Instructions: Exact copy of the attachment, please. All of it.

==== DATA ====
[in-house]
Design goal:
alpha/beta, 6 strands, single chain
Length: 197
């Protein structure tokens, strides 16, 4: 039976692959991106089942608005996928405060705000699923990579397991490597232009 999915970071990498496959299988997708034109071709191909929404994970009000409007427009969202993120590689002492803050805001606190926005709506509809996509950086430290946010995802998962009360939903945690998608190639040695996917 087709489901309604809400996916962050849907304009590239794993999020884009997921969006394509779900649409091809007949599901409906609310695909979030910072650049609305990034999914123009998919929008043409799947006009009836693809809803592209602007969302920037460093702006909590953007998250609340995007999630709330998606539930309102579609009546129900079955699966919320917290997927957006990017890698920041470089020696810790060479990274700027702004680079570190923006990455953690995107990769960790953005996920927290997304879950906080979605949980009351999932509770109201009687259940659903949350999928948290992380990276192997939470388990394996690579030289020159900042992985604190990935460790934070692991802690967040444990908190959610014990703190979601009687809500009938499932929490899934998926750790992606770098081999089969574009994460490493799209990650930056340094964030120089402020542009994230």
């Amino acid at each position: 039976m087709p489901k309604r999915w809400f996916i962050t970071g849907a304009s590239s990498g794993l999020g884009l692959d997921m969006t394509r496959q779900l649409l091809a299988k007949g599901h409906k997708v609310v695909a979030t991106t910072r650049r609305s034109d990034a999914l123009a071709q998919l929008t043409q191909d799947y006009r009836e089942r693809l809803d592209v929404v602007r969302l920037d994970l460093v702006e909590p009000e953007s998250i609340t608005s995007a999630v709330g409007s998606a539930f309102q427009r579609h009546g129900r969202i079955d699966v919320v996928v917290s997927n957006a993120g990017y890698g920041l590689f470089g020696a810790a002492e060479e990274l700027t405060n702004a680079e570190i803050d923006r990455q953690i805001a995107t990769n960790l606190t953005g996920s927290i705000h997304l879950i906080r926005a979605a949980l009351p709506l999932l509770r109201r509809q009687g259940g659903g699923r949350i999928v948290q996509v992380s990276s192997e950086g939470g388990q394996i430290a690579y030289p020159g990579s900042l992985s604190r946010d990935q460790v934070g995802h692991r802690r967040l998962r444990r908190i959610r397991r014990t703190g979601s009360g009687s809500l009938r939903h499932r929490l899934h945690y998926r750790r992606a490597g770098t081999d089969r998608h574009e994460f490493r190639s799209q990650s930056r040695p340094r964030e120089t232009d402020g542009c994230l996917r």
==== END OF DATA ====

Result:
[in-house]
Design goal:
alpha/beta, 6 strands, single chain
Length: 197
């Protein structure tokens, strides 16, 4: 039976692959991106089942608005996928405060705000699923990579397991490597232009 999915970071990498496959299988997708034109071709191909929404994970009000409007427009969202993120590689002492803050805001606190926005709506509809996509950086430290946010995802998962009360939903945690998608190639040695996917 087709489901309604809400996916962050849907304009590239794993999020884009997921969006394509779900649409091809007949599901409906609310695909979030910072650049609305990034999914123009998919929008043409799947006009009836693809809803592209602007969302920037460093702006909590953007998250609340995007999630709330998606539930309102579609009546129900079955699966919320917290997927957006990017890698920041470089020696810790060479990274700027702004680079570190923006990455953690995107990769960790953005996920927290997304879950906080979605949980009351999932509770109201009687259940659903949350999928948290992380990276192997939470388990394996690579030289020159900042992985604190990935460790934070692991802690967040444990908190959610014990703190979601009687809500009938499932929490899934998926750790992606770098081999089969574009994460490493799209990650930056340094964030120089402020542009994230």
């Amino acid at each position: 039976m087709p489901k309604r999915w809400f996916i962050t970071g849907a304009s590239s990498g794993l999020g884009l692959d997921m969006t394509r496959q779900l649409l091809a299988k007949g599901h409906k997708v609310v695909a979030t991106t910072r650049r609305s034109d990034a999914l123009a071709q998919l929008t043409q191909d799947y006009r009836e089942r693809l809803d592209v929404v602007r969302l920037d994970l460093v702006e909590p009000e953007s998250i609340t608005s995007a999630v709330g409007s998606a539930f309102q427009r579609h009546g129900r969202i079955d699966v919320v996928v917290s997927n957006a993120g990017y890698g920041l590689f470089g020696a810790a002492e060479e990274l700027t405060n702004a680079e570190i803050d923006r990455q953690i805001a995107t990769n960790l606190t953005g996920s927290i705000h997304l879950i906080r926005a979605a949980l009351p709506l999932l509770r109201r509809q009687g259940g659903g699923r949350i999928v948290q996509v992380s990276s192997e950086g939470g388990q394996i430290a690579y030289p020159g990579s900042l992985s604190r946010d990935q460790v934070g995802h692991r802690r967040l998962r444990r908190i959610r397991r014990t703190g979601s009360g009687s809500l009938r939903h499932r929490l899934h945690y998926r750790r992606a490597g770098t081999d089969r998608h574009e994460f490493r190639s799209q990650s930056r040695p340094r964030e120089t232009d402020g542009c994230l996917r």